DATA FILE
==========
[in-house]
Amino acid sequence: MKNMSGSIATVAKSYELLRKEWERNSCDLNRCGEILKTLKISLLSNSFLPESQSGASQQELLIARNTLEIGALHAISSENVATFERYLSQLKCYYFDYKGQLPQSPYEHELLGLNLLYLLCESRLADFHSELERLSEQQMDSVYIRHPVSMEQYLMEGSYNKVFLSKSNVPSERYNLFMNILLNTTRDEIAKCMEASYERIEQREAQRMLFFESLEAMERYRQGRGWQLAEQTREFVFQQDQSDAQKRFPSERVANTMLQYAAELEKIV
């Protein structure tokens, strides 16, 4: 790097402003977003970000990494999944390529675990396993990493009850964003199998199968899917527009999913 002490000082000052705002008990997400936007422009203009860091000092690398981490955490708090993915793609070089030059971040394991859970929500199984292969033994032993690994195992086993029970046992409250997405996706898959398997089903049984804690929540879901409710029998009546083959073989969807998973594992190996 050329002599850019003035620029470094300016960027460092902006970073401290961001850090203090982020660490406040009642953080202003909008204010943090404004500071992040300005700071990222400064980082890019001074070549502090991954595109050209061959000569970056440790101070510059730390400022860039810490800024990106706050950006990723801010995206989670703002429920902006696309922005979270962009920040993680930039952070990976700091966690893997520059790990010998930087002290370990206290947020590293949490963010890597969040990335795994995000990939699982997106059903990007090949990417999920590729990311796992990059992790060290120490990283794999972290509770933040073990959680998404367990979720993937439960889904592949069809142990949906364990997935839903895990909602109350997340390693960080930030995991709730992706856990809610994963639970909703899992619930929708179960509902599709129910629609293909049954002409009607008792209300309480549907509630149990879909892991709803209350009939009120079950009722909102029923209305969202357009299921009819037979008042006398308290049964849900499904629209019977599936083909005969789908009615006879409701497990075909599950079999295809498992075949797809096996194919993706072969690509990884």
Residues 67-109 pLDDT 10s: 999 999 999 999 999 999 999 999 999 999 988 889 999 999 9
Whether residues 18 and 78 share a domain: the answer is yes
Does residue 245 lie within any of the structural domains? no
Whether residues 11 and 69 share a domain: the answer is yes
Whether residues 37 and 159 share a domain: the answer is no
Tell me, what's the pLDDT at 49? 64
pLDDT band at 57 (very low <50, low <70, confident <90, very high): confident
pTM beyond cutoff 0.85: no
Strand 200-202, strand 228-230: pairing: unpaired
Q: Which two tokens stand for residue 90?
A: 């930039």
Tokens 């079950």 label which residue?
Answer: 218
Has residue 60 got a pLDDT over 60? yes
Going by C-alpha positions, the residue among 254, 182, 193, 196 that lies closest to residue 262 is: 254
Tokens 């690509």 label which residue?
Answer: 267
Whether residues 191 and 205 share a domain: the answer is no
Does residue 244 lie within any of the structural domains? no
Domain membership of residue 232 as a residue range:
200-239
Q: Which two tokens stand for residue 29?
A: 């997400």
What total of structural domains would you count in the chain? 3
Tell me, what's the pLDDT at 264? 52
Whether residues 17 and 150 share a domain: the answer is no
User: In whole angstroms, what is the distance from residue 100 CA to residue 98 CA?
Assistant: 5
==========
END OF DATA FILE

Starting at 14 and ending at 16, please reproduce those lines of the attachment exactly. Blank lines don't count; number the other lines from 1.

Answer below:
A: 């930039």
Tokens 């079950």 label which residue?
Answer: 218